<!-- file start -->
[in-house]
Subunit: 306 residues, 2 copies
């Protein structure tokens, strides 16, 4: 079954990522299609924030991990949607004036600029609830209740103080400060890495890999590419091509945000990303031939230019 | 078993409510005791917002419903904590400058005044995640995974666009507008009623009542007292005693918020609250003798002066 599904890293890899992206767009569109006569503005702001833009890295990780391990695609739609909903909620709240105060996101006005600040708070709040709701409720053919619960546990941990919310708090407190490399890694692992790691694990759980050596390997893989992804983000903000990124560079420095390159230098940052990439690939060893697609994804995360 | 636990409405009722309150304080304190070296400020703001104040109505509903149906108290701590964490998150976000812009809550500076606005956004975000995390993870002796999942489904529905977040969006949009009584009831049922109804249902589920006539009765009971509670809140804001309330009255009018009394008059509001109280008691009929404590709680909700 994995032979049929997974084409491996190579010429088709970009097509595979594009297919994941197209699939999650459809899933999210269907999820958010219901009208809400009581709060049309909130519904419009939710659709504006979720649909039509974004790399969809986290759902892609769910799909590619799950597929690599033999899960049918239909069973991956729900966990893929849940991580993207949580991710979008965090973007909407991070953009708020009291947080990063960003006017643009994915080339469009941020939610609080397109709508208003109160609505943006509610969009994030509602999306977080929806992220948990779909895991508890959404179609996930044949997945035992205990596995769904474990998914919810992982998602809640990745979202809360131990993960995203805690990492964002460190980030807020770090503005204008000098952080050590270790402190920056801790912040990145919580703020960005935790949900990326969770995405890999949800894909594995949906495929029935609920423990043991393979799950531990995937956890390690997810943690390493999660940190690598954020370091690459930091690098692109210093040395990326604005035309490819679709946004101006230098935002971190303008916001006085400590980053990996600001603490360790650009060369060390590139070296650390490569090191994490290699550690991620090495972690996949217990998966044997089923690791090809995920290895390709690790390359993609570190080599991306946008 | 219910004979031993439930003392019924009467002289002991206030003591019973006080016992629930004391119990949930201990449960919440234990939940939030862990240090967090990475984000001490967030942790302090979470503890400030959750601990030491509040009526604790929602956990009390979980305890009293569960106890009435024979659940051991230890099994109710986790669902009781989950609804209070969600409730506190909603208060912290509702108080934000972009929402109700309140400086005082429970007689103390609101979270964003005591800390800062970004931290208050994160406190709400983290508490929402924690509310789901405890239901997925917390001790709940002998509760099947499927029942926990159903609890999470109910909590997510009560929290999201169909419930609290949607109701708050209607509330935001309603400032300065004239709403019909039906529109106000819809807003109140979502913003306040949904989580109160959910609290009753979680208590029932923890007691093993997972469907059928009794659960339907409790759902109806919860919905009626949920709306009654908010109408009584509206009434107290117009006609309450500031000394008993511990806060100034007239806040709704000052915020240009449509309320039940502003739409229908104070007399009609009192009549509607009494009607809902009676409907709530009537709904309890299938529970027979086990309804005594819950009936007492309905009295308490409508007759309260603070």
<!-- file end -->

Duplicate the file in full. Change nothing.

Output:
[in-house]
Subunit: 306 residues, 2 copies
């Protein structure tokens, strides 16, 4: 079954990522299609924030991990949607004036600029609830209740103080400060890495890999590419091509945000990303031939230019 | 078993409510005791917002419903904590400058005044995640995974666009507008009623009542007292005693918020609250003798002066 599904890293890899992206767009569109006569503005702001833009890295990780391990695609739609909903909620709240105060996101006005600040708070709040709701409720053919619960546990941990919310708090407190490399890694692992790691694990759980050596390997893989992804983000903000990124560079420095390159230098940052990439690939060893697609994804995360 | 636990409405009722309150304080304190070296400020703001104040109505509903149906108290701590964490998150976000812009809550500076606005956004975000995390993870002796999942489904529905977040969006949009009584009831049922109804249902589920006539009765009971509670809140804001309330009255009018009394008059509001109280008691009929404590709680909700 994995032979049929997974084409491996190579010429088709970009097509595979594009297919994941197209699939999650459809899933999210269907999820958010219901009208809400009581709060049309909130519904419009939710659709504006979720649909039509974004790399969809986290759902892609769910799909590619799950597929690599033999899960049918239909069973991956729900966990893929849940991580993207949580991710979008965090973007909407991070953009708020009291947080990063960003006017643009994915080339469009941020939610609080397109709508208003109160609505943006509610969009994030509602999306977080929806992220948990779909895991508890959404179609996930044949997945035992205990596995769904474990998914919810992982998602809640990745979202809360131990993960995203805690990492964002460190980030807020770090503005204008000098952080050590270790402190920056801790912040990145919580703020960005935790949900990326969770995405890999949800894909594995949906495929029935609920423990043991393979799950531990995937956890390690997810943690390493999660940190690598954020370091690459930091690098692109210093040395990326604005035309490819679709946004101006230098935002971190303008916001006085400590980053990996600001603490360790650009060369060390590139070296650390490569090191994490290699550690991620090495972690996949217990998966044997089923690791090809995920290895390709690790390359993609570190080599991306946008 | 219910004979031993439930003392019924009467002289002991206030003591019973006080016992629930004391119990949930201990449960919440234990939940939030862990240090967090990475984000001490967030942790302090979470503890400030959750601990030491509040009526604790929602956990009390979980305890009293569960106890009435024979659940051991230890099994109710986790669902009781989950609804209070969600409730506190909603208060912290509702108080934000972009929402109700309140400086005082429970007689103390609101979270964003005591800390800062970004931290208050994160406190709400983290508490929402924690509310789901405890239901997925917390001790709940002998509760099947499927029942926990159903609890999470109910909590997510009560929290999201169909419930609290949607109701708050209607509330935001309603400032300065004239709403019909039906529109106000819809807003109140979502913003306040949904989580109160959910609290009753979680208590029932923890007691093993997972469907059928009794659960339907409790759902109806919860919905009626949920709306009654908010109408009584509206009434107290117009006609309450500031000394008993511990806060100034007239806040709704000052915020240009449509309320039940502003739409229908104070007399009609009192009549509607009494009607809902009676409907709530009537709904309890299938529970027979086990309804005594819950009936007492309905009295308490409508007759309260603070």